In late January Apple rolled out the developer betas of iOS 11.3, macOS High Sierra 10.13.4 and tvOS 11.3. On this Tuesday Apple released the second beta of macOS 10.13.4 to developers. The beta includes an alert of 32-bit apps. When users try to run a 32-bit app in macOS 10.13.4, it will launch with a warning message notifying the user that the app will eventually not be compatible with the operating system unless it is updated.
Last year at WWDC Apple has reminded Mac app developers that macOS High Sierra would be the last macOS release to support 32-bit architecture, though it did not announce the time frame on cutting off 32-bit apps. Later on the company said that starting from January 1, all new apps submitted to Mac App Store are required to support 64-bit architecture, and existing apps must be updated to 64-bit by June 2018.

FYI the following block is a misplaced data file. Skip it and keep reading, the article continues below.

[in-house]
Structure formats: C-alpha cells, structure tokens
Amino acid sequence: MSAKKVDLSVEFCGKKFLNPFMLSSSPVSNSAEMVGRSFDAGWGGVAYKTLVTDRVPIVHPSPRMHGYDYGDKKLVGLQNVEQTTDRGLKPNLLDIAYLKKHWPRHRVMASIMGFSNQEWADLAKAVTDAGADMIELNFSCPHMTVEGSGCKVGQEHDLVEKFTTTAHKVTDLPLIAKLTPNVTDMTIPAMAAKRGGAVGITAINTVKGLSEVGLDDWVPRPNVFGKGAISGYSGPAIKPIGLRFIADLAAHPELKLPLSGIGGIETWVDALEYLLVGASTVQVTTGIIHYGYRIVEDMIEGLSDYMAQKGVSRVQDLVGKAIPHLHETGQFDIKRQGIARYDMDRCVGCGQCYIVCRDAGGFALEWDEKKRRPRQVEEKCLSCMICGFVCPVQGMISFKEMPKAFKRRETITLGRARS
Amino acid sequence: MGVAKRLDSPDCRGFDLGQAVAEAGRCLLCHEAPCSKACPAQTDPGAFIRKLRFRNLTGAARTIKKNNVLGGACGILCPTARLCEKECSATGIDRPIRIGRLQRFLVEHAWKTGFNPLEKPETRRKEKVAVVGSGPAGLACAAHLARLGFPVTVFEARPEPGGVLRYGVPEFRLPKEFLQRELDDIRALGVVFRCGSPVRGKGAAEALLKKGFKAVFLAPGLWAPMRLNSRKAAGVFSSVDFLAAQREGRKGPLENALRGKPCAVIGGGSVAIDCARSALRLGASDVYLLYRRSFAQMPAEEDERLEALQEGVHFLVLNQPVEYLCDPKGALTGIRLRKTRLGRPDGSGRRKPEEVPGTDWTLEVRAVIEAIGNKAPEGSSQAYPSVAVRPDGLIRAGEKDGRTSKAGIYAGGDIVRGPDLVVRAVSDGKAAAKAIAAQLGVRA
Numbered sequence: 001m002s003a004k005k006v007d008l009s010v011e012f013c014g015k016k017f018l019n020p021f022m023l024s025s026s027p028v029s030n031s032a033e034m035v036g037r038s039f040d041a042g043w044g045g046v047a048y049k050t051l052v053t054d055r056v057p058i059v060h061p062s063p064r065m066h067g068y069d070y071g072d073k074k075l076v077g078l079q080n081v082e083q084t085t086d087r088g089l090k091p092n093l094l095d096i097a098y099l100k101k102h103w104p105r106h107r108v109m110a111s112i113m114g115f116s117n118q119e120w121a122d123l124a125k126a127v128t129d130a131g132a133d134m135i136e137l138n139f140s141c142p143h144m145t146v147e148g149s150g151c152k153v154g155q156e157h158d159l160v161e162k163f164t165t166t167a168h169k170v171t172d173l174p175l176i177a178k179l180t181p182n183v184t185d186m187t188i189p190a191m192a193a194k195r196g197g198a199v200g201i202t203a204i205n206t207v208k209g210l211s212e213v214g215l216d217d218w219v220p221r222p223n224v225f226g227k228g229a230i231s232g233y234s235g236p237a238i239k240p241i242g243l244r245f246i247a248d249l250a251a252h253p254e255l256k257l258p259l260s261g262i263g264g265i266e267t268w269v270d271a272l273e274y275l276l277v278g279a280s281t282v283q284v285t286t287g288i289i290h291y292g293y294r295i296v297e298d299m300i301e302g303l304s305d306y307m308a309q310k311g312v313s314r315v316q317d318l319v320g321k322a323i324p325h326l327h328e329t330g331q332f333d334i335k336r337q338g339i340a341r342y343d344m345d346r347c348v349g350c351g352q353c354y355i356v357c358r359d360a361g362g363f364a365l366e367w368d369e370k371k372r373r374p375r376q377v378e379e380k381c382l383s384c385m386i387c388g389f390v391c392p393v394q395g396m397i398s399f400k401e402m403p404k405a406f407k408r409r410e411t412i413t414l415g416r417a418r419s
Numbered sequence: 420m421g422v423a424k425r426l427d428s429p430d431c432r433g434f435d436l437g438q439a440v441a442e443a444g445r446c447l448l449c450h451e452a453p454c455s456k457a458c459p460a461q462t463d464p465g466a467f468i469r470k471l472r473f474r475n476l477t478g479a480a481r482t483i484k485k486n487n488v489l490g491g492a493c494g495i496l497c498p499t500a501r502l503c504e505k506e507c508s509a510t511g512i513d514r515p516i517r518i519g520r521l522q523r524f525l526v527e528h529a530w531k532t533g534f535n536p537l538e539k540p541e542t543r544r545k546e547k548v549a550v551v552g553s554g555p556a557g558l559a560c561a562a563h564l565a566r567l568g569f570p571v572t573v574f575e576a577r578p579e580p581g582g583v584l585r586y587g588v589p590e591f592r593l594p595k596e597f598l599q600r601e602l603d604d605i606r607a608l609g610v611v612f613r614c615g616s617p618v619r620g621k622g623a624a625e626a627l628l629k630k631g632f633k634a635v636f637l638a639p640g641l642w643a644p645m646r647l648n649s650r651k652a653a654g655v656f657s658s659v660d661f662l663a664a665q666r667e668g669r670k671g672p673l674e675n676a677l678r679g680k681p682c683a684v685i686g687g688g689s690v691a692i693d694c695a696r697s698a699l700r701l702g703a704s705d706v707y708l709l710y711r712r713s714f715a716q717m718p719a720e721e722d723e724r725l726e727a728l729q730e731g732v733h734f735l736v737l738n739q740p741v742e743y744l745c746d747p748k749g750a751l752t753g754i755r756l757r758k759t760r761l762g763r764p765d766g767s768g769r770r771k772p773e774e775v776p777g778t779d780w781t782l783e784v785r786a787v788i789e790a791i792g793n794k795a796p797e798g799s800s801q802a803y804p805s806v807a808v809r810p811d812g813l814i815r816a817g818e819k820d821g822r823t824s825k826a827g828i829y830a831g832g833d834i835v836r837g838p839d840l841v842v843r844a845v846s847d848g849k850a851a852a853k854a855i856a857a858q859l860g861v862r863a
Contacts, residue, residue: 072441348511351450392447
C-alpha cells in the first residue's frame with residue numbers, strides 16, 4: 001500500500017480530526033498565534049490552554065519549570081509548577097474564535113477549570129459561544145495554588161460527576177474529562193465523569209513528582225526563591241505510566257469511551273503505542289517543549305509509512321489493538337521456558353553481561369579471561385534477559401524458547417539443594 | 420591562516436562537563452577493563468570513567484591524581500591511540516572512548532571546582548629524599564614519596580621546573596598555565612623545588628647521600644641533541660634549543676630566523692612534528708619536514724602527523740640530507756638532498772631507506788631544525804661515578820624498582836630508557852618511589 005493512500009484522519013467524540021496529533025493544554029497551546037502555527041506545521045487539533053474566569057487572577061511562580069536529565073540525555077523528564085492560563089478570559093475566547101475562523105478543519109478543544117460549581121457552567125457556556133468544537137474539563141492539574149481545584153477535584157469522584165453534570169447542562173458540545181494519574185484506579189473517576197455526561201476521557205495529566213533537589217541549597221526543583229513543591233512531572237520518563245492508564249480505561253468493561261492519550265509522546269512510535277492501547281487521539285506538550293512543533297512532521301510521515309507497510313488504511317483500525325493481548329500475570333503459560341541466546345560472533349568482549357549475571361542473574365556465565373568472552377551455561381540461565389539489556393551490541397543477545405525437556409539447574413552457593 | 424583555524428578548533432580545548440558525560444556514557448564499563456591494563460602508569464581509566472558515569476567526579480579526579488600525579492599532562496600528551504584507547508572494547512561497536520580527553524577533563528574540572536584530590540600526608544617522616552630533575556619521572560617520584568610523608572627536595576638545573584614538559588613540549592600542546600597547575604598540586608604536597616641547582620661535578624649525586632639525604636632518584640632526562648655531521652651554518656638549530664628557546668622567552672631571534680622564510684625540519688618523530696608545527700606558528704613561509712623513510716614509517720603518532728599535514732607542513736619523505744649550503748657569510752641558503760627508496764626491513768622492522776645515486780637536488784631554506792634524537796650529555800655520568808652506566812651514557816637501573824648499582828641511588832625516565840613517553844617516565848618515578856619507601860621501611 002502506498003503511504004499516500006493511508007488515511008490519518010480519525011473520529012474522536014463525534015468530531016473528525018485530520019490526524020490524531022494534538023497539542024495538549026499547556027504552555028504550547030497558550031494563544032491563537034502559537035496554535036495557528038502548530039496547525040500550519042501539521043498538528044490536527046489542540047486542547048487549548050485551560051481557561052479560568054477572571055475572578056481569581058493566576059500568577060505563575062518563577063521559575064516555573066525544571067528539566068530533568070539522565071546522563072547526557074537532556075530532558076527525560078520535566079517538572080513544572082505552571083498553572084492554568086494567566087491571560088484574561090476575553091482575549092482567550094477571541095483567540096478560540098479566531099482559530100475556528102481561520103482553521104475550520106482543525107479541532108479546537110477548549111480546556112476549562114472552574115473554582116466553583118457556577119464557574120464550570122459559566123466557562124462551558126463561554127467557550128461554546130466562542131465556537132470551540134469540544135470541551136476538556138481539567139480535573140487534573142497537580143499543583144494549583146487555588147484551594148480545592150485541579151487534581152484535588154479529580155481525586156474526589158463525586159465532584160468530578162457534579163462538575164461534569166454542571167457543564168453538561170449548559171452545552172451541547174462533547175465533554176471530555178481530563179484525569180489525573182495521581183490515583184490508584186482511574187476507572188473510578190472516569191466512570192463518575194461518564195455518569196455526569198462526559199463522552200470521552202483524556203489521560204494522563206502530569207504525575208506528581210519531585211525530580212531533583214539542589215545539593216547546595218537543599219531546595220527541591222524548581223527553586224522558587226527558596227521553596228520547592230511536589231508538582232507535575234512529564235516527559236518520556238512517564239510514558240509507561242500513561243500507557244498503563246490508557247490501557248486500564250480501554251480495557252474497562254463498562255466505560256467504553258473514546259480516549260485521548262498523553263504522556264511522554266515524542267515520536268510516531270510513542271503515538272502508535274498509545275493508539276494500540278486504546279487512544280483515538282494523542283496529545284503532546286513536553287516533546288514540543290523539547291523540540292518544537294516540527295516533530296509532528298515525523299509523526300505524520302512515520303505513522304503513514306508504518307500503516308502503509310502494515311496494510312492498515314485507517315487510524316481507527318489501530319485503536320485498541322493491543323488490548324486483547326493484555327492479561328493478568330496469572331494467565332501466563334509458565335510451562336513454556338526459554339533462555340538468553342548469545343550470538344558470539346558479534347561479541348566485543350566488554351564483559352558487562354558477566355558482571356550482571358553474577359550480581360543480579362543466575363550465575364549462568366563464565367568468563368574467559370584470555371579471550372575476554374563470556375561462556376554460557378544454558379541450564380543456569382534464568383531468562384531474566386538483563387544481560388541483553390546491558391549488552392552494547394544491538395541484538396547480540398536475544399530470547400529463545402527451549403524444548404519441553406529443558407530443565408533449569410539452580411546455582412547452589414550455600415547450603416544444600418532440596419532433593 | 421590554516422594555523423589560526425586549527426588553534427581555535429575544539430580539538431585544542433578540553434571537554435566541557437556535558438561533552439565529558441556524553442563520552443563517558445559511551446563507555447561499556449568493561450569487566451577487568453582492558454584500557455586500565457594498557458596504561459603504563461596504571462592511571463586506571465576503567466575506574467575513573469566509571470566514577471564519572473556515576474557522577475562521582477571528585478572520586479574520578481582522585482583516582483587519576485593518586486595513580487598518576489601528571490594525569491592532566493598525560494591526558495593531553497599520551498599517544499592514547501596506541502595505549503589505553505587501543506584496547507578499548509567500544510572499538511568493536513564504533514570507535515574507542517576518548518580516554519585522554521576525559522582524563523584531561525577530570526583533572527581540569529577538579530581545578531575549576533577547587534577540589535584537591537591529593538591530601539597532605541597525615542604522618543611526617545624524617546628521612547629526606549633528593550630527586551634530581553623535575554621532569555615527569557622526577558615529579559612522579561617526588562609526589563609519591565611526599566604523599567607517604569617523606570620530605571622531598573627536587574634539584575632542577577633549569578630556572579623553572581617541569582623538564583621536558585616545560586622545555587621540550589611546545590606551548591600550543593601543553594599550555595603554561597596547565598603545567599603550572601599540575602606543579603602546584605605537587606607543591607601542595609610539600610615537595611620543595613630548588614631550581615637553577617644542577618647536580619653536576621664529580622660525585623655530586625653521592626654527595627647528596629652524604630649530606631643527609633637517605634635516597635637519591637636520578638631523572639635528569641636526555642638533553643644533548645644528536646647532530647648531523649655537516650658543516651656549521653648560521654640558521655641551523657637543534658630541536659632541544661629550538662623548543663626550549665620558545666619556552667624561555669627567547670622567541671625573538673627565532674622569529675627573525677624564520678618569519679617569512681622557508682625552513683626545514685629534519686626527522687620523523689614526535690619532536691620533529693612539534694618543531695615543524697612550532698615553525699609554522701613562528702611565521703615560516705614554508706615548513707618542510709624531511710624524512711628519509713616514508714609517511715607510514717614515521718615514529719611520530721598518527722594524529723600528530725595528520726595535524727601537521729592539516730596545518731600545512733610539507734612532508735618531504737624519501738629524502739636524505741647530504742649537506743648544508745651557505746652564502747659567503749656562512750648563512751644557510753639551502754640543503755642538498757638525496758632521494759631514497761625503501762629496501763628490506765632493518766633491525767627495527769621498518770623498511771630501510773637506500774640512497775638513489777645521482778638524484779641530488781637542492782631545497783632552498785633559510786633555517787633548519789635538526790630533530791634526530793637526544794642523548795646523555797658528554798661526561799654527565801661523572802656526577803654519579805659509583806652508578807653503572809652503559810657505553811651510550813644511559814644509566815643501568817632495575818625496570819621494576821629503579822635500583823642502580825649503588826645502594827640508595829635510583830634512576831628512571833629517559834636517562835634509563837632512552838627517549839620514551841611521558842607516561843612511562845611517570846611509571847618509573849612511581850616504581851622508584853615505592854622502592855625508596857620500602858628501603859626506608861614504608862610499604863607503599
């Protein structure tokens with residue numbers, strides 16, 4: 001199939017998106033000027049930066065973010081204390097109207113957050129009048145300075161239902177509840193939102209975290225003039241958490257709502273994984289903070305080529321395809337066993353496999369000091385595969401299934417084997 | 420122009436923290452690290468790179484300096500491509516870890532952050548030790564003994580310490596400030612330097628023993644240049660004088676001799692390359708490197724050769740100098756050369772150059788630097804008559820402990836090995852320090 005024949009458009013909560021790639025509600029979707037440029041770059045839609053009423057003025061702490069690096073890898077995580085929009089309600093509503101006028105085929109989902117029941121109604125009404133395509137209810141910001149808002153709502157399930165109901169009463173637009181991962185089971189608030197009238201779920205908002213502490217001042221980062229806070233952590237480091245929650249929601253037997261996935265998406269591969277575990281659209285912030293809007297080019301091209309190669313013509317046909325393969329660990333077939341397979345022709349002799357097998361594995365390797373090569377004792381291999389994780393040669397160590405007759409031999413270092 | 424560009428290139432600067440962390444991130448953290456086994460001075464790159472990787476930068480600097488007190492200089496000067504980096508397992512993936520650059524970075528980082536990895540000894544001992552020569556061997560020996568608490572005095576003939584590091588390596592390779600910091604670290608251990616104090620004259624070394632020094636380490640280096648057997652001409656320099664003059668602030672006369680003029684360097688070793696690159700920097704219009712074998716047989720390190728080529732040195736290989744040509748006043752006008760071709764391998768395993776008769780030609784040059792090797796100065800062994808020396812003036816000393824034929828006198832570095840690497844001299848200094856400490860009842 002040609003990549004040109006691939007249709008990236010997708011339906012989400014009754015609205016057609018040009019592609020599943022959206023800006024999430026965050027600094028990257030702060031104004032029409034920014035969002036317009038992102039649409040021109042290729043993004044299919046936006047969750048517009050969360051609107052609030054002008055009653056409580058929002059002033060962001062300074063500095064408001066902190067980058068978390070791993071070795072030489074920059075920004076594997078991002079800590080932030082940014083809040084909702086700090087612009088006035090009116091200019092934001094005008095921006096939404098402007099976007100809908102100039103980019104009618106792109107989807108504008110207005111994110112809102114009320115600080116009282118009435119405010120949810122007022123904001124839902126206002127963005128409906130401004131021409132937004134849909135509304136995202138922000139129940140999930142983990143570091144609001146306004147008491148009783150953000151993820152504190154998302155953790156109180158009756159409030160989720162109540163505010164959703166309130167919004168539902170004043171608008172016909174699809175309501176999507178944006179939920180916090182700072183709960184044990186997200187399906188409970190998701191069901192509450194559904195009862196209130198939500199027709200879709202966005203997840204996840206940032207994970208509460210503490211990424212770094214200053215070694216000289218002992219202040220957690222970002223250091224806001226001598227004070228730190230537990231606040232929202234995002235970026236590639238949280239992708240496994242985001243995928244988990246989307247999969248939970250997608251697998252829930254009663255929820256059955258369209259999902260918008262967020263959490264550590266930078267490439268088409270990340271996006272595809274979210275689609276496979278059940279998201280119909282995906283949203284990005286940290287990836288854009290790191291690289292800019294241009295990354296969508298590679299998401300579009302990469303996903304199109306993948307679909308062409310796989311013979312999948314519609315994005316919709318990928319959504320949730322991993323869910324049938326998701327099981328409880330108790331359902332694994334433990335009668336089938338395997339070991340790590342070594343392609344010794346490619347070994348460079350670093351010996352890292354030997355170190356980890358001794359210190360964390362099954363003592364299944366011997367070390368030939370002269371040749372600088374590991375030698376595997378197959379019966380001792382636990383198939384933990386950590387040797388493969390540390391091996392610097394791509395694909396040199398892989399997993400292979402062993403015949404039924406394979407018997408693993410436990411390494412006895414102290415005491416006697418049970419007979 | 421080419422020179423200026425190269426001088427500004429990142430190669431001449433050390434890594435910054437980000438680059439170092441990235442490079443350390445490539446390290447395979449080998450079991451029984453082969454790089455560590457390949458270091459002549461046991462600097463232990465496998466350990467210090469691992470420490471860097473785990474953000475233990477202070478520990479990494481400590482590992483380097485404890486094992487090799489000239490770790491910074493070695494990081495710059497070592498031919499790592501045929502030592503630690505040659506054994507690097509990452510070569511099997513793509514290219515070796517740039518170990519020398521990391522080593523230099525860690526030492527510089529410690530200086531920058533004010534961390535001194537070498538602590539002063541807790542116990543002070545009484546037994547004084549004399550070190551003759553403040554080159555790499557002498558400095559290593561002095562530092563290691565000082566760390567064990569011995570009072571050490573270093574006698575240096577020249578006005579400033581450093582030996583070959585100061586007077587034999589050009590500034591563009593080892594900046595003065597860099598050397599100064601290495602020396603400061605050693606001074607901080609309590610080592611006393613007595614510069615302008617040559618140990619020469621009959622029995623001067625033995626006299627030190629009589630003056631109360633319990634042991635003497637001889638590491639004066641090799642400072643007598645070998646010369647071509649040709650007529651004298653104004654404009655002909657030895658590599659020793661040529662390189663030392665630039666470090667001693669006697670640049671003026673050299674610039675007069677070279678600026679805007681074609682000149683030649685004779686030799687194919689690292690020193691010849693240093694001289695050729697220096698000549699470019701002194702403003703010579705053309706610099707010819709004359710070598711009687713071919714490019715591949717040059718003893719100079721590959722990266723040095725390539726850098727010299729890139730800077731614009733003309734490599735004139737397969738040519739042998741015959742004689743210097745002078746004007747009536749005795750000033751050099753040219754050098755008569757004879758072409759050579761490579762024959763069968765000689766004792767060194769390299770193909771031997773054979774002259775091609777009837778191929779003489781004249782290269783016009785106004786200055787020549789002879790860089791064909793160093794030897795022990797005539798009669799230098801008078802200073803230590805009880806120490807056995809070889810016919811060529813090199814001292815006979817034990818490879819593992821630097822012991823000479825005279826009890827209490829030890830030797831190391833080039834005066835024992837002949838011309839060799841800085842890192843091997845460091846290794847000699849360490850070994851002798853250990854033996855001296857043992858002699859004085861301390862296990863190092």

Developers can use the new diagnostic tools in Xcode 9.3 beta to test if their apps are 64-bit compatible on macOS 10.13.4 beta. Here are the instructions to enable 64-bit mode:
1. Launch Terminal
2. Execute the following command: sudo nvram boot-args=”-no32exec”
3. Restart the machine
The 64-bit test mode prevents 32-bit processes from launching. Launching an app that depends on 32-bit software results in a notification that the application can’t be opened.
To disable the test mode once the software is updated to work in 64-bit, launch Terminal, execute the command sudo nvram boot-args=“” and then restart the machine.
For end users, if you find a favorite software you rely on are 32-bit, you can try to contact the developer and ask if you plan to update to 64-bit. To figure out which apps are 32-bit:
1. Head to the Apple icon from the menu bar, and choose About This Mac.
2. Click System Report in the window that pops up.
3. Click Applications under Software in the left menu.
4. Under the 64-Bit header, check if the app has a Yes or No designation.
MacOS High Sierra 10.13.4 introduces the new Messages in iCloud and Business Chat.